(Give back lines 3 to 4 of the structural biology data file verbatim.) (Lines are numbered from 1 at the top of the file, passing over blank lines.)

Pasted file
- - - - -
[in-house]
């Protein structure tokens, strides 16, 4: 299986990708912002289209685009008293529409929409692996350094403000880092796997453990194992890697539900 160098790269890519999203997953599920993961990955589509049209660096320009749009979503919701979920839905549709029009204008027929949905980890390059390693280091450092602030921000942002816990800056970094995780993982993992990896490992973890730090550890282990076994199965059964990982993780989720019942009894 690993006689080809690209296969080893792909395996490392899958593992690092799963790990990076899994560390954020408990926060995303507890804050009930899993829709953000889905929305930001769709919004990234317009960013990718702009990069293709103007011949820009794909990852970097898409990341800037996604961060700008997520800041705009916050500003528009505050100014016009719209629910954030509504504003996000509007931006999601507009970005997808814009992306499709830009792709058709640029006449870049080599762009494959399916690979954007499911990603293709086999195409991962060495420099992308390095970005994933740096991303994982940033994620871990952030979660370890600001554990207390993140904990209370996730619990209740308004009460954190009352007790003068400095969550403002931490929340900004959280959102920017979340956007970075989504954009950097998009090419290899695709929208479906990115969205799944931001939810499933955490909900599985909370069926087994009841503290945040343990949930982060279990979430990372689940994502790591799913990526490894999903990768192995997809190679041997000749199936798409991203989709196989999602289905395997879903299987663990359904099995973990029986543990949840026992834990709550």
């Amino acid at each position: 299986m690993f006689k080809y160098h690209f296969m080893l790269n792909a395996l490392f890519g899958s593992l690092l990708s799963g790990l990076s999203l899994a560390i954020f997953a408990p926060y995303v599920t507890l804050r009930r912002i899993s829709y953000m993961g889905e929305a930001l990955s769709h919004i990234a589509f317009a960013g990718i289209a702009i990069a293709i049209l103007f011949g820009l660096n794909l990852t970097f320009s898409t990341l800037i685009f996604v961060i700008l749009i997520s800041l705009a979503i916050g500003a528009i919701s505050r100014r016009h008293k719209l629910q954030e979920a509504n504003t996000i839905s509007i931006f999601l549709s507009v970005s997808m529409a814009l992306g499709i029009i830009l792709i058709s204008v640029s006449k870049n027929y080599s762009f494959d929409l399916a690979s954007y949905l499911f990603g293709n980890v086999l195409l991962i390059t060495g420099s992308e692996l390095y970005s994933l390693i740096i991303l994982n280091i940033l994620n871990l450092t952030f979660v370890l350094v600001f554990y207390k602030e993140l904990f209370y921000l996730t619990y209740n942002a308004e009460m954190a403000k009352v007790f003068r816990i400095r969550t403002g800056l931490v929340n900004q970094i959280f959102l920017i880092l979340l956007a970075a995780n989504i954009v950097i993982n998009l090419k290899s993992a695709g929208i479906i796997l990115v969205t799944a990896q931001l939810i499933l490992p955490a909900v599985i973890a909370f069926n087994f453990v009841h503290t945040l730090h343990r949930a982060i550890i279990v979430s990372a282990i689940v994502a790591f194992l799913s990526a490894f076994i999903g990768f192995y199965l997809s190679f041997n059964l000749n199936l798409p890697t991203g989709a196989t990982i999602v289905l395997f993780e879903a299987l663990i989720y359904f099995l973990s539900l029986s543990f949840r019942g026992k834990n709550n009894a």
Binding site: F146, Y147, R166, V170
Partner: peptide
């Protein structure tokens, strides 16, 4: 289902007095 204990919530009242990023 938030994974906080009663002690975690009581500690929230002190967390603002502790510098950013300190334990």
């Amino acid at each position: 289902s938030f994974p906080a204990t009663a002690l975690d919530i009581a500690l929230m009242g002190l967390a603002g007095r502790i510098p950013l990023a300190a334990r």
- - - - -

């Amino acid at each position: 299986m690993f006689k080809y160098h690209f296969m080893l790269n792909a395996l490392f890519g899958s593992l690092l990708s799963g790990l990076s999203l899994a560390i954020f997953a408990p926060y995303v599920t507890l804050r009930r912002i899993s829709y953000m993961g889905e929305a930001l990955s769709h919004i990234a589509f317009a960013g990718i289209a702009i990069a293709i049209l103007f011949g820009l660096n794909l990852t970097f320009s898409t990341l800037i685009f996604v961060i700008l749009i997520s800041l705009a979503i916050g500003a528009i919701s505050r100014r016009h008293k719209l629910q954030e979920a509504n504003t996000i839905s509007i931006f999601l549709s507009v970005s997808m529409a814009l992306g499709i029009i830009l792709i058709s204008v640029s006449k870049n027929y080599s762009f494959d929409l399916a690979s954007y949905l499911f990603g293709n980890v086999l195409l991962i390059t060495g420099s992308e692996l390095y970005s994933l390693i740096i991303l994982n280091i940033l994620n871990l450092t952030f979660v370890l350094v600001f554990y207390k602030e993140l904990f209370y921000l996730t619990y209740n942002a308004e009460m954190a403000k009352v007790f003068r816990i400095r969550t403002g800056l931490v929340n900004q970094i959280f959102l920017i880092l979340l956007a970075a995780n989504i954009v950097i993982n998009l090419k290899s993992a695709g929208i479906i796997l990115v969205t799944a990896q931001l939810i499933l490992p955490a909900v599985i973890a909370f069926n087994f453990v009841h503290t945040l730090h343990r949930a982060i550890i279990v979430s990372a282990i689940v994502a790591f194992l799913s990526a490894f076994i999903g990768f192995y199965l997809s190679f041997n059964l000749n199936l798409p890697t991203g989709a196989t990982i999602v289905l395997f993780e879903a299987l663990i989720y359904f099995l973990s539900l029986s543990f949840r019942g026992k834990n709550n009894a």
Binding site: F146, Y147, R166, V170